Irish Legends, Folklore, and Ireland’s Dracula

the legend of the AbhartachIrish folklore obviously has had a strong influence on the Junkyard Druid series. And while Irish mythology is an incredibly rich source of ideas and material for a series of urban fantasy novels, the fact that most non-Irish readers are unfamiliar with the characters and legends can be problematic.

For example, many readers don’t realize that “McCool” is the anglicized version of “mac Cumhaill,” which is the traditional surname of the great Irish folk hero, Finn McCool (Fionn mac Cumhaill). I decided to use the more modern version of the name, because it made sense that Colin’s family would have updated the spelling as time went on, or that perhaps it would have been spelled phonetically when they emigrated to the United States.

Yet, for the life of me I still can’t figure out how to get some American readers to accept that McCool is a perfectly suitable last name for a descendant of Fionn mac Cumhaill. I guess you can’t win them all.

There has also been some confusion about why his mentor is named Finn. In the Fenian Cycle, Finnegas (also known as Finn Eces, or “Finn the Seer”) was Finn McCool’s mentor for a time. Finnegas was a wise man, a hermit, a seer, and a druid, and he trained the boy in the ways of druidry as a tutor of sorts (once again, going back to the theme in the Irish legends of druids being kingmakers).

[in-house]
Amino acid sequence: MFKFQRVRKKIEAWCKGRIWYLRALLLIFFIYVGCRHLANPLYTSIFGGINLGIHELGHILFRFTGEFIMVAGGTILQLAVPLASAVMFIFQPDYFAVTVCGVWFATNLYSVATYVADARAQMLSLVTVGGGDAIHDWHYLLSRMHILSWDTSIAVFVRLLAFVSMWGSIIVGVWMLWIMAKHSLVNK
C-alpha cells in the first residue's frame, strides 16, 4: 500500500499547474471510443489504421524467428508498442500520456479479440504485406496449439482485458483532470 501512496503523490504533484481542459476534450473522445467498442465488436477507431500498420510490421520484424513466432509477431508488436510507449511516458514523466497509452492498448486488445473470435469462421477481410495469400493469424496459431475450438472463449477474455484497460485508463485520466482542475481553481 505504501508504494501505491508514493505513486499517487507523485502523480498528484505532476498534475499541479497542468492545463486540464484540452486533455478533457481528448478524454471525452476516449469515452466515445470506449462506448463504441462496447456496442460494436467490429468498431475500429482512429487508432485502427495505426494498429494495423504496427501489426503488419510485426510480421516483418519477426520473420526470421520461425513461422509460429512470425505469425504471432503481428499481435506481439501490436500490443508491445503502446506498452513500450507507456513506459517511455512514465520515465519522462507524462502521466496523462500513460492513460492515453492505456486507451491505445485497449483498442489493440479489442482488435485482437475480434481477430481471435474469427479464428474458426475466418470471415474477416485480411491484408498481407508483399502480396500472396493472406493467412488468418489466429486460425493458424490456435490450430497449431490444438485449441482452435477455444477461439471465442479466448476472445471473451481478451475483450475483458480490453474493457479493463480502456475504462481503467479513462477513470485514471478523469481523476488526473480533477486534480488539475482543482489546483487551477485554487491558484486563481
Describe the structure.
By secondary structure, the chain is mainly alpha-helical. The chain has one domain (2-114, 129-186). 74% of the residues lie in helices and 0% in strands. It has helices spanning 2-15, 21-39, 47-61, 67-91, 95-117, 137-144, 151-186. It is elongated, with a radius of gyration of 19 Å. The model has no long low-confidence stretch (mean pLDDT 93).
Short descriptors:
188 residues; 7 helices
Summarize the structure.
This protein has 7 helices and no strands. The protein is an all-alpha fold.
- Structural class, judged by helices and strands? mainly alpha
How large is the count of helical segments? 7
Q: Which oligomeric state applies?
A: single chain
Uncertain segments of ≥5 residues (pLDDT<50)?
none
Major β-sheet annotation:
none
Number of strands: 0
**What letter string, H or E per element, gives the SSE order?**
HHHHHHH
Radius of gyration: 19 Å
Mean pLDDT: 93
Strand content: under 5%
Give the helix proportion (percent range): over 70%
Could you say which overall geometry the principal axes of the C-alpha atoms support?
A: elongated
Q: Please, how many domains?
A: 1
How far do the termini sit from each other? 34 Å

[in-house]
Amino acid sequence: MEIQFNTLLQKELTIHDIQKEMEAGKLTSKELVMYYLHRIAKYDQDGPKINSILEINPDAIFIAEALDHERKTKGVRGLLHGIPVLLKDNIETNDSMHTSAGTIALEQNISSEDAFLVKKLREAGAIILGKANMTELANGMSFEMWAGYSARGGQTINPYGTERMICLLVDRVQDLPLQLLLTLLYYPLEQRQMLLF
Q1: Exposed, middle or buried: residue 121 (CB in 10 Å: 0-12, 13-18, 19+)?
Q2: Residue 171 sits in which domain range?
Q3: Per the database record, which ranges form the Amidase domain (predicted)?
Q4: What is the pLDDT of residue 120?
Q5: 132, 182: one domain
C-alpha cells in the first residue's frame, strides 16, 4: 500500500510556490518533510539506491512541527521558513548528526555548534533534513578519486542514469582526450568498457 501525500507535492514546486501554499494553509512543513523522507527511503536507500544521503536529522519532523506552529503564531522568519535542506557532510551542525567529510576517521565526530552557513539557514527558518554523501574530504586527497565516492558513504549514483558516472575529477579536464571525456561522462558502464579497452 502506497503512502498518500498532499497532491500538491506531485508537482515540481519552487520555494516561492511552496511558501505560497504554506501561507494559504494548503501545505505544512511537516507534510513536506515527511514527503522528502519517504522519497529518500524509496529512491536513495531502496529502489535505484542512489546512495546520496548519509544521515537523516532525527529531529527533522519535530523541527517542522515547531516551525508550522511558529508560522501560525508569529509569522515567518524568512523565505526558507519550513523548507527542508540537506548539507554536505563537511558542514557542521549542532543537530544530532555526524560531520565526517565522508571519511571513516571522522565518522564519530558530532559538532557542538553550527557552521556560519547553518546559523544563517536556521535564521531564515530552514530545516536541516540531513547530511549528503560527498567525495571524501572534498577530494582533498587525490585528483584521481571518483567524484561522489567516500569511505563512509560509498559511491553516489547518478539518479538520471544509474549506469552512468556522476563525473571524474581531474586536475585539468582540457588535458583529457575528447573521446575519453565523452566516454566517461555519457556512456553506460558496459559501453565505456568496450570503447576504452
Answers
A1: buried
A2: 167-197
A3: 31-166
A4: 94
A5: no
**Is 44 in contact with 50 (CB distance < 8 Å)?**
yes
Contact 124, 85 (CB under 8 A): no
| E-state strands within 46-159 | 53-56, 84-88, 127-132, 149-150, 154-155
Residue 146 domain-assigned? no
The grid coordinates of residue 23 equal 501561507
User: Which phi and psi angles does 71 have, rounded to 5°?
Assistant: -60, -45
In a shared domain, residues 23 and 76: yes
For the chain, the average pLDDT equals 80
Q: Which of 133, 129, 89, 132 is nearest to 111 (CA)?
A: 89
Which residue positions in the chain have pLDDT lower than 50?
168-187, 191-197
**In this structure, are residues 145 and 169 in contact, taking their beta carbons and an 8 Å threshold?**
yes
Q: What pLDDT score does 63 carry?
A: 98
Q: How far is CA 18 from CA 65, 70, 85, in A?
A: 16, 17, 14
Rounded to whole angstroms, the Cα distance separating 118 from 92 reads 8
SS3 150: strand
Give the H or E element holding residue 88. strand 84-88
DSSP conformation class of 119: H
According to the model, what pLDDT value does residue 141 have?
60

The most famous story involving Finnegas and Fionn is the legend of the Salmon of Knowledge. In it, Finnegas spends years trying to catch a magic fish that had eaten some hazelnuts that fell in the Well of Wisdom. As the story goes, whoever ate the salmon would be granted otherworldly wisdom. After catching it, Finnegas hands the task of cooking it off to Fionn, and the boy ends up imbibing the salmon’s wisdom by mistake. One can’t help but wonder if the boy intended to steal the Salmon’s wisdom from his mentor, but alas, the tradition is that it was an honest, if fortuitous, accident.

But here’s something that will blow your mind… the Avartagh (also spelled “Abhartach”), who is the main bad guy in the original Colin McCool novel, is straight out of Irish legend. An undead magician, legend has it he was so hard to kill that Fionn mac Cumhaill (although most accounts say it was Cathain) had to consult a druid for advice on how to kill him for good.

And that whole thing in the prequel about how he was revived after centuries of undead slumber? That bit came from a real event that happened when workers were excavating the site back in the ’90s. Check it out:

http://www.londonderrysentinel.co.uk/news/dracula-from-dungiven-1-2097327

http://www.historyireland.com/18th-19th-century-history/was-dracula-an-irishman/

Freaky, right? It’s such a great story, I just had to include it in the novel.

As an interesting footnote to the story of the Avartagh, apparently there are several “Giant’s Graves” in Ireland. There is one in Co. Tipperary, another in Burren Forrest in Co. Cavan, yet another in Co. Antrim, and there are also two on the Isle of Arran in Scotland.

From the looks of it, ancient Ireland and Scotland must’ve been frightening places to live, what with all the giants roaming around. I wonder if any of them were fachen?

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